I'm the ConfigTroll – ‘Config’ because I work in IT Configuration Management, and ‘Troll’ – because apparently, I look like a Troll!
I’ve worked at Information Systems for 25 plus years – I’ve not always been the ConfigTroll – I’ve worked on the Service Desk, Small Systems, Project Management, as a PL1 and a Delphi Programmer, did a short stint in HR and now I’m here! One thing I should point out – if something’s gone wrong with an IT system you’ve been using – it’s probably not my fault – so please don’t shout at me!
In my teens, I was very active in a number of sports. As many teenagers do, I injured myself on a regular basis. Being lazy, I rarely went to the doctors for treatment. Eventually, the cumulative damage on my back, hips and right knee severely restricted my mobility – to the point I find myself now – I can’t walk more than a few yards without great pain and discomfort. The damage done, it’s now incurable. It’s also degenerative – parts of my spine are slowly disintegrating. One day I’ll not be able to walk at all.
So, what to do? One thing I decided early on was that I’d just have to ‘keep going’ for as long as I can. Anyway – here I am. Disabled. Got to hear about something called the Land Registry Disability Focus Group (DFG) that held meetings once a quarter, in LONDON – woohoo!
Joined, went once, really enjoyed it, and kept going. I enjoyed making a contribution and learning more about others' disabilities and how they, and their offices, coped with them.
I don’t know if it was my training back in Swansea where I was a ‘legal drafter’, but I really enjoyed learning about the legislation around disability and the rights of disabled people. It’s been quite a journey – ending where we are now with strong equality laws that, theoretically, safeguard those of ‘Protected Characteristics’.
And that’s what keeps me interested – it is the law – but the law seems to be open to interpretation, and not everyone gets the fair and proper treatment that they deserve. Some of these don’t feel able to stand up for themselves – it’s sometimes hard to take on the company you work for, who have the ability to sack you if you become too much of a nuisance!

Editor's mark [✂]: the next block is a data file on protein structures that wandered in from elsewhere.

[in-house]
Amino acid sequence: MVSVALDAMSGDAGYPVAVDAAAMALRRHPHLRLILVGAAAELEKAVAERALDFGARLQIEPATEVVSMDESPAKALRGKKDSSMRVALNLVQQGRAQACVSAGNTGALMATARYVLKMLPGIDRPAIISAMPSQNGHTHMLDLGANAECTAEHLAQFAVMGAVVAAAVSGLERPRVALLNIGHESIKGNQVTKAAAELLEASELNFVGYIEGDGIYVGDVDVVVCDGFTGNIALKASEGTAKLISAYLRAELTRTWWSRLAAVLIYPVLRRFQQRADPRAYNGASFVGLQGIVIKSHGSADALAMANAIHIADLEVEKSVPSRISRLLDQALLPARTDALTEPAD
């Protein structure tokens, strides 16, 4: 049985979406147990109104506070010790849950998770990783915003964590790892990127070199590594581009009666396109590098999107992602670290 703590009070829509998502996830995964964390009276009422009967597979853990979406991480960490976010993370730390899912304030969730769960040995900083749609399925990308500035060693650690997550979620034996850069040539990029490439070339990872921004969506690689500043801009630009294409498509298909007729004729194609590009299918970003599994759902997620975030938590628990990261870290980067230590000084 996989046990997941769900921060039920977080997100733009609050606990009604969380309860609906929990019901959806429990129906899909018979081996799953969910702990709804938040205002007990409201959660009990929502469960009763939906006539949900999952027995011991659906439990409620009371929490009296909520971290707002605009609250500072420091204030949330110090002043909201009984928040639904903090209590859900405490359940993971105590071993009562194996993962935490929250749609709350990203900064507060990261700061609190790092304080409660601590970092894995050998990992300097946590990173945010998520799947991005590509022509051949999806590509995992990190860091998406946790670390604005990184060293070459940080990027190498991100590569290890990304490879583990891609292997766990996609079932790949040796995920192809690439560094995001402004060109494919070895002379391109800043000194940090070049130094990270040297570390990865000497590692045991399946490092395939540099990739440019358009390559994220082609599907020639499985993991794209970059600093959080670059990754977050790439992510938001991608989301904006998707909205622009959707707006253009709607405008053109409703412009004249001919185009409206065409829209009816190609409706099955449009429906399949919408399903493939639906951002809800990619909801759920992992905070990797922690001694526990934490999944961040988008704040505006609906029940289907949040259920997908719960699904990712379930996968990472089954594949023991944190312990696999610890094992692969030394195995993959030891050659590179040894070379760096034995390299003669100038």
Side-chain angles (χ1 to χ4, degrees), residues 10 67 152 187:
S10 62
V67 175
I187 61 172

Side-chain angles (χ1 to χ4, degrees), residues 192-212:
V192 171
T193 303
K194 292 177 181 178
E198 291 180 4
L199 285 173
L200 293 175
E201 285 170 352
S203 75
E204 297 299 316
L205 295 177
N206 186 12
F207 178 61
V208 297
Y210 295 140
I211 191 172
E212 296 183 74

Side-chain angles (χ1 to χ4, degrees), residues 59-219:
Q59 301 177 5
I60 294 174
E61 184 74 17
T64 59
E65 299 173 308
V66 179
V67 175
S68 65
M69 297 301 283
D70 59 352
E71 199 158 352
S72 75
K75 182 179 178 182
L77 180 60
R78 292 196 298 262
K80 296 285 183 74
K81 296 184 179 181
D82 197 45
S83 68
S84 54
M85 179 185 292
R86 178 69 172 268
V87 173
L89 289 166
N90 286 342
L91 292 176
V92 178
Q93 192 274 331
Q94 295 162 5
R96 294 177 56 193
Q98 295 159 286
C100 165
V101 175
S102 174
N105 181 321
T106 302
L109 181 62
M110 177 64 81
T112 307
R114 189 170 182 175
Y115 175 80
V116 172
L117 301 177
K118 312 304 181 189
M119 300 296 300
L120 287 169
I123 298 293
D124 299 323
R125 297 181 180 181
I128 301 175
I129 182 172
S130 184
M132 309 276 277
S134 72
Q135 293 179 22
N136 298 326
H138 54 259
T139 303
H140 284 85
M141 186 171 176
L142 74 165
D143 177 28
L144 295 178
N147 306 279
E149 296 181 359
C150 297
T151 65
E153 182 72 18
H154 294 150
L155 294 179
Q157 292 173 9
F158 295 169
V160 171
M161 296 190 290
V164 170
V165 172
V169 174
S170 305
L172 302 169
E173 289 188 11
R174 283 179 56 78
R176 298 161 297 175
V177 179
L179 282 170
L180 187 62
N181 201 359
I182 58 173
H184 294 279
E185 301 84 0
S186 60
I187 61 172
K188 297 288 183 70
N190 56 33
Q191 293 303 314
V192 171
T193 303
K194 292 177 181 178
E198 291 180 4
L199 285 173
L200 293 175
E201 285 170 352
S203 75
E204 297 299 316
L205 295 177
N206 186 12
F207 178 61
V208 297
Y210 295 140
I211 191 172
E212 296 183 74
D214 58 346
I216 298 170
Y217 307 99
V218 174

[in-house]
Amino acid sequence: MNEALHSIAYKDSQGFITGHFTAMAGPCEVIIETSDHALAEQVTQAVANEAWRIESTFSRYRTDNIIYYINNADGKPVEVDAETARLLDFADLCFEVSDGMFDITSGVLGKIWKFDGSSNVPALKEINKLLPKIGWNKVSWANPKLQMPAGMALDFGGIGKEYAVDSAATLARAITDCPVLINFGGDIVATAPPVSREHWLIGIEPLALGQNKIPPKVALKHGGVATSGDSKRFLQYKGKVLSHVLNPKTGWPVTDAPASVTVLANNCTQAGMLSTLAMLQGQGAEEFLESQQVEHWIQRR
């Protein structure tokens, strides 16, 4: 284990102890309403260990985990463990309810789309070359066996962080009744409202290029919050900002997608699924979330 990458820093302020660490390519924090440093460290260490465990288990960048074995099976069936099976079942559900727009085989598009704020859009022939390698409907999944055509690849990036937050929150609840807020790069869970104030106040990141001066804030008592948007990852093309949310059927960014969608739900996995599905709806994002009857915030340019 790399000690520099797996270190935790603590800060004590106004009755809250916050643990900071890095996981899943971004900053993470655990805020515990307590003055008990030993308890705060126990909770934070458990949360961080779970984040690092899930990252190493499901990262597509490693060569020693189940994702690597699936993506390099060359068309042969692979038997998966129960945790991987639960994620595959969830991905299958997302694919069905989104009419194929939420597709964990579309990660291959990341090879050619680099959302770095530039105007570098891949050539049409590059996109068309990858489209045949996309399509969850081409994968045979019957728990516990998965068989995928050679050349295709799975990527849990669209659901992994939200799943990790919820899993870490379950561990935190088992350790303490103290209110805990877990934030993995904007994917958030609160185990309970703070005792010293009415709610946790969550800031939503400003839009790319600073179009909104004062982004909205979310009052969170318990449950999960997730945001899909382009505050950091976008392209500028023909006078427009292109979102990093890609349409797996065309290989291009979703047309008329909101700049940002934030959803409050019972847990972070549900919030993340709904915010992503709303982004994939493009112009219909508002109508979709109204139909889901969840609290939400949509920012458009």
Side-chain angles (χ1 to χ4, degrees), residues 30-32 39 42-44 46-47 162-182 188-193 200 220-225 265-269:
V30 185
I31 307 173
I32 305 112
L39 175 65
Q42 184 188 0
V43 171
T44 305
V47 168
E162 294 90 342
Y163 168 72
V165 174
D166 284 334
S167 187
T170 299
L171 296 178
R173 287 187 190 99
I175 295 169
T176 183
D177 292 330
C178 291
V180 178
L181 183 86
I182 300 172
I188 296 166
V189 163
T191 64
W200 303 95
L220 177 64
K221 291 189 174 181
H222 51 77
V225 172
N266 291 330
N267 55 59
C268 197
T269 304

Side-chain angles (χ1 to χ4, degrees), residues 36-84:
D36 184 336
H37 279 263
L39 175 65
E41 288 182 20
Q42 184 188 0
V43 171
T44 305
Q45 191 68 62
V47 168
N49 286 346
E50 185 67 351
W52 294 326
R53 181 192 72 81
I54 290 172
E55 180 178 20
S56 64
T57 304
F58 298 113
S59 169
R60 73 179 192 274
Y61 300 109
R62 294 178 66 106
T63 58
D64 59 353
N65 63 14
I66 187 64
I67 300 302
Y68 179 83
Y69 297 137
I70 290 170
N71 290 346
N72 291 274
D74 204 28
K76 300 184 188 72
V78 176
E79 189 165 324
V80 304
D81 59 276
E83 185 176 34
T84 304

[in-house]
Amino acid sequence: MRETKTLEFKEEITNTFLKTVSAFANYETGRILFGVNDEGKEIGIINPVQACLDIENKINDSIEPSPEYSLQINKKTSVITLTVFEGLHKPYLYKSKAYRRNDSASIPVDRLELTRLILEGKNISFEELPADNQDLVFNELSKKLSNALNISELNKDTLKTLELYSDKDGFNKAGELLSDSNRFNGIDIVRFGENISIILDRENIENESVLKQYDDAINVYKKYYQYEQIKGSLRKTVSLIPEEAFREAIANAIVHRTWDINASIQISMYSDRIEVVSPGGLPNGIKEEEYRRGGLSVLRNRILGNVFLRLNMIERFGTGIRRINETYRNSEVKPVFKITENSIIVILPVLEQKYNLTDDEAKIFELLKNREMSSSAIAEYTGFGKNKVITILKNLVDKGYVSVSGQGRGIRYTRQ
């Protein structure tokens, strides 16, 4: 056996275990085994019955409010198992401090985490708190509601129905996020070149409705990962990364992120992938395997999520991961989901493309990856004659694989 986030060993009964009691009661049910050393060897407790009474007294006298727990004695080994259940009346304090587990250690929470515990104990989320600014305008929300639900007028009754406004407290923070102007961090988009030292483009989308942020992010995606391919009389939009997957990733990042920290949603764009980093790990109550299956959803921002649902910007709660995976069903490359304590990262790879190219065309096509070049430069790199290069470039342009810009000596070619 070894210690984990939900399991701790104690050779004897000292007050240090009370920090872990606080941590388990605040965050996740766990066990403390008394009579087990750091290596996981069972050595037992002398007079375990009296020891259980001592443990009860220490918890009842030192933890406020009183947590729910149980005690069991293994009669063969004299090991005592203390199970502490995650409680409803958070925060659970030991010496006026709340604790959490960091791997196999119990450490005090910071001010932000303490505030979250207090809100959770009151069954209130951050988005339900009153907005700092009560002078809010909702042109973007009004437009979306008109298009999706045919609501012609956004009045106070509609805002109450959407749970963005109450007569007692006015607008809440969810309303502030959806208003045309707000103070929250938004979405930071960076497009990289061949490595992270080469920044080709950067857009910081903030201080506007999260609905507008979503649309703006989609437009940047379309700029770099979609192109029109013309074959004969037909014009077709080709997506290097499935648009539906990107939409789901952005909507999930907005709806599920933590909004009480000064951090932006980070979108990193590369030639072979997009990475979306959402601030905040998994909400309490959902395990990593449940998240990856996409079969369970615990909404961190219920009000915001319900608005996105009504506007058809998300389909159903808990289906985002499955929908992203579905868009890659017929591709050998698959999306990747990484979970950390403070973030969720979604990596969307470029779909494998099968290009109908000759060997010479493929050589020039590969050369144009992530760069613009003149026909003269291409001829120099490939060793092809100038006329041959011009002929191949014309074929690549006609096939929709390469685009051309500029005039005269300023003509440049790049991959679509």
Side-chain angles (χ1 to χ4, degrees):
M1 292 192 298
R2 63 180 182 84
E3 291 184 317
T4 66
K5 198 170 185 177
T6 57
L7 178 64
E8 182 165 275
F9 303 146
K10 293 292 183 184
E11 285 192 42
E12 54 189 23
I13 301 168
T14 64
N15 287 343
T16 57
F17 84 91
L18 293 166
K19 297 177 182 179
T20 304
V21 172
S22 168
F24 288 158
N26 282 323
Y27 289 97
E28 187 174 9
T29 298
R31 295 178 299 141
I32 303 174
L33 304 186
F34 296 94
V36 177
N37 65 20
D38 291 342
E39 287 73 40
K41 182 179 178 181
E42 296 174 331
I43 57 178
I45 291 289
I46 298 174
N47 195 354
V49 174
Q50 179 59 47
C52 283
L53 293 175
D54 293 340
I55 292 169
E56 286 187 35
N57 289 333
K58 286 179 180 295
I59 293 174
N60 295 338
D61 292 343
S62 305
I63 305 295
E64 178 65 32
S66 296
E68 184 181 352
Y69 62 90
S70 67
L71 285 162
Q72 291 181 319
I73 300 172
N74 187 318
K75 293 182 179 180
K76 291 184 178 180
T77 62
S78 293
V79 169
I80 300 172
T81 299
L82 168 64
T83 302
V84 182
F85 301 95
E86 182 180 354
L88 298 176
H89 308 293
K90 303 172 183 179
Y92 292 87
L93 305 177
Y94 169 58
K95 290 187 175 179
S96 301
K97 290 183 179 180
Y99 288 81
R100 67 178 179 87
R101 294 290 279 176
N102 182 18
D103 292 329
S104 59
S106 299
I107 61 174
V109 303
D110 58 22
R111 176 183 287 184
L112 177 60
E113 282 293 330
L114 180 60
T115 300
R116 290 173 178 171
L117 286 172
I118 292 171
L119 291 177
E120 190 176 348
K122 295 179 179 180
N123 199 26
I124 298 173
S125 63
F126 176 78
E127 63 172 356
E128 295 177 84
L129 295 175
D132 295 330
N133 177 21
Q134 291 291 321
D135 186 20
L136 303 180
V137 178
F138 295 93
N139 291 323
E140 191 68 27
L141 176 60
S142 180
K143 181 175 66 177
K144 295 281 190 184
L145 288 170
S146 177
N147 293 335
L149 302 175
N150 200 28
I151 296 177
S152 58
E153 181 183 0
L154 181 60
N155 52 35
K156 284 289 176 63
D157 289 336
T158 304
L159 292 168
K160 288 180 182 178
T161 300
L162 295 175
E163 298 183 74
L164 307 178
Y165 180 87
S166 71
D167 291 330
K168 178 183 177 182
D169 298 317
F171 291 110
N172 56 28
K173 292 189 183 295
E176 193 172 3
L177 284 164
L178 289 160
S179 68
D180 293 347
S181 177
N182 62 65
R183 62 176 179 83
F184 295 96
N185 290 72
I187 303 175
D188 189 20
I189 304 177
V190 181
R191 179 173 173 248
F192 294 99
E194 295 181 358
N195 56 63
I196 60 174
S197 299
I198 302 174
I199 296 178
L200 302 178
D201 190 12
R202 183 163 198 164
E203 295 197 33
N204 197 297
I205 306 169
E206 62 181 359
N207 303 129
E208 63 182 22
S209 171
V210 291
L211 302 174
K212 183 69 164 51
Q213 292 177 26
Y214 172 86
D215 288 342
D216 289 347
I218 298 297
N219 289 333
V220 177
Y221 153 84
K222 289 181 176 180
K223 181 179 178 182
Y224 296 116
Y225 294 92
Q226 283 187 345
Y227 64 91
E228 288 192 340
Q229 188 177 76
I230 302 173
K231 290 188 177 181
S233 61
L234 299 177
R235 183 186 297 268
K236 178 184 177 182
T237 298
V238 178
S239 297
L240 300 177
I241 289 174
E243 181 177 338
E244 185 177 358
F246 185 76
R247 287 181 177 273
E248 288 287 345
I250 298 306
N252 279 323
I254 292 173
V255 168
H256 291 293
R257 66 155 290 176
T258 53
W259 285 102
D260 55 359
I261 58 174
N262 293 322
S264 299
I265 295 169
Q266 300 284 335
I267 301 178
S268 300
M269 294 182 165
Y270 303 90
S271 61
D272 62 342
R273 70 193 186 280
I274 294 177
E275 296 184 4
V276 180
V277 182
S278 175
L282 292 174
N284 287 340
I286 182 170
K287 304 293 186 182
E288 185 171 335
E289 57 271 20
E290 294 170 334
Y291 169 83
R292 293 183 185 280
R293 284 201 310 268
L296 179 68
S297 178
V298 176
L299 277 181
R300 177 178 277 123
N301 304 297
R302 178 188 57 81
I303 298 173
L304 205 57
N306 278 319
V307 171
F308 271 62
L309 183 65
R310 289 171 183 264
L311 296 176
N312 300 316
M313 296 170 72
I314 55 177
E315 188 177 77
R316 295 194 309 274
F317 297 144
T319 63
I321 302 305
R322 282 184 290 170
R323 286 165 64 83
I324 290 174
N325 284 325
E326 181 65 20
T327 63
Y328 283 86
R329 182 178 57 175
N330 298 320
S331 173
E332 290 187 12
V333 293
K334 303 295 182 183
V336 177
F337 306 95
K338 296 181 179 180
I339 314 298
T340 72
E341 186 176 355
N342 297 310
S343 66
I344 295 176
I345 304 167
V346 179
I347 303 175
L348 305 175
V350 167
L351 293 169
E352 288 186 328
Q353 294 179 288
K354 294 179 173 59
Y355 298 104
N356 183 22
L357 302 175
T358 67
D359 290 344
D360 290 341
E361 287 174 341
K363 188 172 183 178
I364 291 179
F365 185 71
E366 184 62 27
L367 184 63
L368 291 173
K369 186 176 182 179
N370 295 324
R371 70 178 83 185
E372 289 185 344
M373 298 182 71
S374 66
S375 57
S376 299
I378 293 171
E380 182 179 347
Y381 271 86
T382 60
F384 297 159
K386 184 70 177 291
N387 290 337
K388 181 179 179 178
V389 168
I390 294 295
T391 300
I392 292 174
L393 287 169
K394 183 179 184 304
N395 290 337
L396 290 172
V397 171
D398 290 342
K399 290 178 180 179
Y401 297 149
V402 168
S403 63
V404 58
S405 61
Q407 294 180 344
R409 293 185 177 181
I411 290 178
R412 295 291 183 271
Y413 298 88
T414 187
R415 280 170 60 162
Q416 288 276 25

I spent many years in some sort of union role or other, for several unions, I can’t remember them all – much to the delight of my family who were traditionally strong union supporters.
Through the union, I took courses and diplomas, attended classes and became qualified in Disability Equality, and something called ‘Diversity’ – I even became a Champion – a Trade Union Council accredited ‘Disability Champion’.
The DFG has now become the Disabled Employee Network (DEN). Our role is to work with management in moving Land Registry towards an organisation that is fully supportive of everyone of a ‘Protected Characteristic’ both employees and customers.
I find it very rewarding – I don’t have my trips to London anymore as travelling on public transport is too difficult for me, and I can’t drive that far – but I still get to make a valuable contribution to the work of the DEN, and the Diversity Working Group.
When I was asked to write one of these blog thingies, the guidelines suggested what to write about – one of them was advice to new recruits. I suppose I’m old enough now where I can share ‘words of wisdom’ to the new recruits so I’ll give it a try!
Land Registry is a business – we should always remember that. We have apprentices joining us – our apprentices will be trained in Business Management – this is the future we have to prepare for. More and more we need to be cost effective and impervious to the rollercoaster of the economy. We must learn to move rapidly and efficiently between anything that is thrown at us – and to come out on top.
Remember Land Registry is a REALLY good business – we give exceptional service. We’re NOT perfect – but at all levels we’re working to get better, for our customers, and the staff.
You don’t have to like change – but accept it as it is inevitable.
Equip yourself, as much as possible, for versatility – if you don’t want to change, or can’t, then be the best that you can be at what you do. You’ll be able to support your colleagues with your expert knowledge and experience.
Don’t forget to laugh – don’t be too serious.
Respect your colleagues – you don’t know what challenges they may have faced in life.
Respect yourself – you’re a significant part (even if you don’t realise it) of what I think is a phenomenal organisation – be proud of it, and the contribution you make.